Furious Pytchley parent blasts council's school bus disregard

A parent left in limbo because the county council failed to acknowledge his request for a school bus pass says the situation is "disgraceful".

By Sam Wildman
Monday, 30th September 2019, 7:22 pm
Mark's queries to the council have gone unanswered.
Mark's queries to the council have gone unanswered.

Mark Ferguson, 49, decided to send his son, who he did not want to name, to Bishop Stopford School in Kettering to sit his A-Levels after he received his GCSE results in late August.

On September 5 Pytchley man Mark - whose house is a 2.5-mile walk away from the Headlands school - applied for a free school bus pass for his son.

He did so because both routes into town involve walking along busy roads with no footpaths for about three-quarters of a mile and are unsafe for pedestrians, something which Mark says makes his son eligible under Department for Education guidance.

But almost one month on his emails to the council and Kier have gone unanswered, meaning he has had to cut work meetings short to transport his son or pay for him to use the bus.

The PR firm owner said: "If I decided not to pay part of my council tax I would hear from them straight away.

"I think it's absolutely disgraceful. I know they are busy people, I know they have got many problems, but what is the point in paying our taxes if they don't even have the decency to reply in a month?"

All of Mark's four children have previously been given bus passes by the county council. Neither the council's school transport team or their post-16 travel website were able to take Mark's son's circumstances into account.

If he is not granted a bus pass for his son it would cost the Fergusons £600.

The council is still yet to respond to Mark but did respond to the Northants Telegraph when approached for comment.

Cllr Jason Smithers, Northamptonshire County Council cabinet member for highways, said: “The council’s guidance notes to parents applying for a bus pass also makes clear that if a seat is applied for before the third Friday of the month of May before the start of the new academic year, a seat will be guaranteed.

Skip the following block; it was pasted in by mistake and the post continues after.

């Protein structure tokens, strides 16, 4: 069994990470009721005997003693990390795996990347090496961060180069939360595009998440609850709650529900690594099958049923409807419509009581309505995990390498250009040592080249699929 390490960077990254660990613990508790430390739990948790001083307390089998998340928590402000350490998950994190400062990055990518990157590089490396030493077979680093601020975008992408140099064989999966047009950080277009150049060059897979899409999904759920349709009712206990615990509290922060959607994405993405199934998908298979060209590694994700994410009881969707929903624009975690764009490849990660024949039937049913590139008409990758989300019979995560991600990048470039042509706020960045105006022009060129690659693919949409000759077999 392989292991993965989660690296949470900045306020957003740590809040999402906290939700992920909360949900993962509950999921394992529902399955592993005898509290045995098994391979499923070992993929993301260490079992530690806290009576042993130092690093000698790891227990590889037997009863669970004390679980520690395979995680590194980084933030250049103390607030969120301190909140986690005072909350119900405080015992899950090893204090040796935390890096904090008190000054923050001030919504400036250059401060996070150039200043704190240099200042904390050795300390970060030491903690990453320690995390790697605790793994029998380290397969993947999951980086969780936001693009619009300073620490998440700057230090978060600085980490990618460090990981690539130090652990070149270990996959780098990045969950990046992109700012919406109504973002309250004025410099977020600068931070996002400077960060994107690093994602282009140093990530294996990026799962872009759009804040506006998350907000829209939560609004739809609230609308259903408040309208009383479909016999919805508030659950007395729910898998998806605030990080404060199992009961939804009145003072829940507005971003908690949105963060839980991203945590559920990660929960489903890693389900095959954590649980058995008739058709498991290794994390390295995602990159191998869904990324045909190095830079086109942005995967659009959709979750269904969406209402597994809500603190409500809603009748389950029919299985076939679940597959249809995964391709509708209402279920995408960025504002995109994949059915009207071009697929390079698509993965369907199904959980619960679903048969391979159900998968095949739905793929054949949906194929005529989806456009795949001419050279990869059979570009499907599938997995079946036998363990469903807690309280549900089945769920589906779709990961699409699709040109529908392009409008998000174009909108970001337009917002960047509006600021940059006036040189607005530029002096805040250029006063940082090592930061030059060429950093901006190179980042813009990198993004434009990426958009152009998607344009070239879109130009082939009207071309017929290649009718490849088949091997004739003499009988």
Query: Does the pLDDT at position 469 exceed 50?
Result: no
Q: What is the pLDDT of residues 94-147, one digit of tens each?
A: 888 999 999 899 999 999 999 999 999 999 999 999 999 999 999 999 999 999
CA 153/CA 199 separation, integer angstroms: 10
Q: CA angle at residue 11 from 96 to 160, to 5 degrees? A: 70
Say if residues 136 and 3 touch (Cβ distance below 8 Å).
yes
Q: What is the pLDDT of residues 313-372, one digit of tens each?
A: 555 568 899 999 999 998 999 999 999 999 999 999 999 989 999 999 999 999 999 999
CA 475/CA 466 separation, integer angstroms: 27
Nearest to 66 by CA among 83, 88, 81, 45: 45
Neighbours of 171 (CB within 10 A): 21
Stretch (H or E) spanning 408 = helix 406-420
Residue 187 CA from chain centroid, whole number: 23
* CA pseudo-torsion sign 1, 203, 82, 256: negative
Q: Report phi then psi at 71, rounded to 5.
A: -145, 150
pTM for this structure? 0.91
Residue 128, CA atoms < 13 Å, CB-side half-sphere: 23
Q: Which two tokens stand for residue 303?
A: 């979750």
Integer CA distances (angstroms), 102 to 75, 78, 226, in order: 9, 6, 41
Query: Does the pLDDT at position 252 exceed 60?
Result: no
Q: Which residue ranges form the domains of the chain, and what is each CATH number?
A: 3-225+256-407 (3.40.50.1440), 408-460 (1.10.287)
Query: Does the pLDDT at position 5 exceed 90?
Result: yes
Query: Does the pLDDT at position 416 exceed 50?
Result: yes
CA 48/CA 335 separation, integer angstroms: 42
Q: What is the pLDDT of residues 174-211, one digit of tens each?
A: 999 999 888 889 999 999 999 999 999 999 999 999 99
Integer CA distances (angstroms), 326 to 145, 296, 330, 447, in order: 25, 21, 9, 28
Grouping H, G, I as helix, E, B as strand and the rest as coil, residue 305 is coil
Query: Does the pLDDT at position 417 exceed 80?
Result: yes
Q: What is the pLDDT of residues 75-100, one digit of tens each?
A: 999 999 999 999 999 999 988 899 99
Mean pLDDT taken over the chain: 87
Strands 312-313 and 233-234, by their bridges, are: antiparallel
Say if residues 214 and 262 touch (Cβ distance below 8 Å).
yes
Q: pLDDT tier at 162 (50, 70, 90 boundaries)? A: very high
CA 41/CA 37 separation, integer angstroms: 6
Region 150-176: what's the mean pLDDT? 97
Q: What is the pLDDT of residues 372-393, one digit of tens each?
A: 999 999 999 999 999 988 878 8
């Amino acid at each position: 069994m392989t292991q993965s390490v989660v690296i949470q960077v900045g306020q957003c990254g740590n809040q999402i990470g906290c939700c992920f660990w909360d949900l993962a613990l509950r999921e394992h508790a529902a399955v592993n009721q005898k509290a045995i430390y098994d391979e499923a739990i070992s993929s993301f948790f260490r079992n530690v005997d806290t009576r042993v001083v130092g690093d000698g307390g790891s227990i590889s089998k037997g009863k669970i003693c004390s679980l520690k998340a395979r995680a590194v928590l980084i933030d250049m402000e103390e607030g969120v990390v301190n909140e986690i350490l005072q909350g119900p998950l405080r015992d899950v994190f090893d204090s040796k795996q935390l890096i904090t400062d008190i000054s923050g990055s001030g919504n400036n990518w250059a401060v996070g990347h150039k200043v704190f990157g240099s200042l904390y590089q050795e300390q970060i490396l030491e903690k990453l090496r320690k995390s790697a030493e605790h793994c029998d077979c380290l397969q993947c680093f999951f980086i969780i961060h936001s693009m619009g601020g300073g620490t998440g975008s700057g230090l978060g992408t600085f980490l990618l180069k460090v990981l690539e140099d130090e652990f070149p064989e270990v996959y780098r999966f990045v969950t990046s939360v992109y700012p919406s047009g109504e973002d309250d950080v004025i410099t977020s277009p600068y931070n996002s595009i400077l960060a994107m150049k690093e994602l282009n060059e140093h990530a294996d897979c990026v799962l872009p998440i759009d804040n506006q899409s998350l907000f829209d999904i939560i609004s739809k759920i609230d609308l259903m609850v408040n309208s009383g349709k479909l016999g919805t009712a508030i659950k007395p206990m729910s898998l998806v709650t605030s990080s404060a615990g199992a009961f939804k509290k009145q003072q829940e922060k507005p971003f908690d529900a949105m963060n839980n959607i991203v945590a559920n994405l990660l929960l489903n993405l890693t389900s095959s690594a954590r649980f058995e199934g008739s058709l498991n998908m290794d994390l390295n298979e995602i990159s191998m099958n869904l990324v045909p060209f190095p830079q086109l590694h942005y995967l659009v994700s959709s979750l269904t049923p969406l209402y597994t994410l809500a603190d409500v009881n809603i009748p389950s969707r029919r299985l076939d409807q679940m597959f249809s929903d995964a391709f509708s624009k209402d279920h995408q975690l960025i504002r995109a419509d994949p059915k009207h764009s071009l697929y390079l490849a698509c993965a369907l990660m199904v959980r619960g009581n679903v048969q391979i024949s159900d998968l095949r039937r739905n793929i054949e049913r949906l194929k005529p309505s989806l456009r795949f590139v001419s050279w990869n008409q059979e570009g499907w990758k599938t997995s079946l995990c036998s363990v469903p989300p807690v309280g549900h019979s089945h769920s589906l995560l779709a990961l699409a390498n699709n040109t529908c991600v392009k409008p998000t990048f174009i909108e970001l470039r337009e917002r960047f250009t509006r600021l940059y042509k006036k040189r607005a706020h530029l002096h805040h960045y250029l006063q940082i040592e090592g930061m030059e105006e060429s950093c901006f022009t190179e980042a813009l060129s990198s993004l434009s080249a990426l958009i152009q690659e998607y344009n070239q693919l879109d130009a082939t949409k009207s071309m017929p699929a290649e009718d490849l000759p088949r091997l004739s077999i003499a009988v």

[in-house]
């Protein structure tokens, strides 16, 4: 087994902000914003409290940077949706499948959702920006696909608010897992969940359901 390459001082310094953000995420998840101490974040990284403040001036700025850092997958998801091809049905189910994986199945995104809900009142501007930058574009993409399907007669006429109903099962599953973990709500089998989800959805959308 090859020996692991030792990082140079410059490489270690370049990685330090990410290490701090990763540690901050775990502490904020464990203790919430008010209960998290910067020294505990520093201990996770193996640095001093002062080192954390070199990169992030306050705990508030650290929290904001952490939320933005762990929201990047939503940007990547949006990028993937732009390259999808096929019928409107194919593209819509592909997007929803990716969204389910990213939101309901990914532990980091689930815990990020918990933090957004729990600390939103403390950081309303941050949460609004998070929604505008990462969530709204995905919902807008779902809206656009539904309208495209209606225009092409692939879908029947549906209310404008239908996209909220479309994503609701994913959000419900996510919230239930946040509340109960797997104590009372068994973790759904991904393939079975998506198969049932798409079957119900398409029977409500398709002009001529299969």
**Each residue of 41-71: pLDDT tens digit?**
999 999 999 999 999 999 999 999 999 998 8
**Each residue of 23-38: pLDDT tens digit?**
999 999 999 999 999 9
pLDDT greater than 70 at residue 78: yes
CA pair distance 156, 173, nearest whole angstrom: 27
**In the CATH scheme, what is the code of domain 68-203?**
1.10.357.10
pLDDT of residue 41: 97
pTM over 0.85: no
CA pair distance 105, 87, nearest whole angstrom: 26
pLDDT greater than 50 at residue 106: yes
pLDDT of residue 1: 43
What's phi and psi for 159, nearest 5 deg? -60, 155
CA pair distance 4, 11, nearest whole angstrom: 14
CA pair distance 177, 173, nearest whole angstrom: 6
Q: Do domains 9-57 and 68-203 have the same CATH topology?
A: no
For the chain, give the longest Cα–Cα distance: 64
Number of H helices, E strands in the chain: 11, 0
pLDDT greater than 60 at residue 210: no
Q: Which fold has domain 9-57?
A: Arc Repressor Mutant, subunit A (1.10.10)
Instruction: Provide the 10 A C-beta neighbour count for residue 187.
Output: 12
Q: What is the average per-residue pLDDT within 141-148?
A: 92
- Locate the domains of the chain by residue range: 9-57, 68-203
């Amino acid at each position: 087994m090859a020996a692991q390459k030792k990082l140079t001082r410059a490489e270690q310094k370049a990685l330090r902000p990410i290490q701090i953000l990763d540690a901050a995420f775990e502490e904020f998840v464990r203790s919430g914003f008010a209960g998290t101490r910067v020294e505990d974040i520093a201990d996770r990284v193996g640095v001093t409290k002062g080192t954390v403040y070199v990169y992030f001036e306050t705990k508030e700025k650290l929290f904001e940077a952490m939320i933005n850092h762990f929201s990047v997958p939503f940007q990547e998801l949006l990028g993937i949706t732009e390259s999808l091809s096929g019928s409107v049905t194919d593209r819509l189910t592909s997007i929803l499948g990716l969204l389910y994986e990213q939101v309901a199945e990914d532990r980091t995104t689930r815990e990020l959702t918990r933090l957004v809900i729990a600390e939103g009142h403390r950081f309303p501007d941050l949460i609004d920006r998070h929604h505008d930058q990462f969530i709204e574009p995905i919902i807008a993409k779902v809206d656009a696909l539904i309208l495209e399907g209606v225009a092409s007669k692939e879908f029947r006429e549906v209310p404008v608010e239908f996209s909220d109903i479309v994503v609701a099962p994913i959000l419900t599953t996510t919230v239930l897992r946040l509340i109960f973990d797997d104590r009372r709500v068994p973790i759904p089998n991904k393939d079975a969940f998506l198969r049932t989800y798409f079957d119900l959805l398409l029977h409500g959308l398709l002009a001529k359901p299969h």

“However later applications will be subject to availability and will not be considered until after the first two weeks of the new academic year.

“Our records show that Mr Ferguson applied later than May 17 and so now is being considered as a late applicant and as a result is not guaranteed a seat.

“Additionally the entitlement to a free seat in the case of no safe walking route only applies to under 16-year-old students.

“We do try and respond to queries from parents in a timely way and are investigating why there has been a delay in responding.”

Mark said he could not apply for the bus pass in May as he did not know where his son would be attending school.

He said he believes government guidance, even taking into his his son's age, means the unsafe route makes him eligible.

County councillor Jim Hakewill said the situation was "pretty unforgivable".

He said: "This is all about the council organising itself but not having any sense of customer service for the people they are supposed to be looking after.

"Quite a lot of rural villagers are paying more into our council tax system but not getting the same level of service."

Cllr Hakewill said he had heard of similar problems in other rural areas.

Recently one bus was an hour late meaning school pupils were marked as late on the school register.

Mark, himself a governor at Pytchley Primary School, added: "Rural communities are being discriminated against in a way."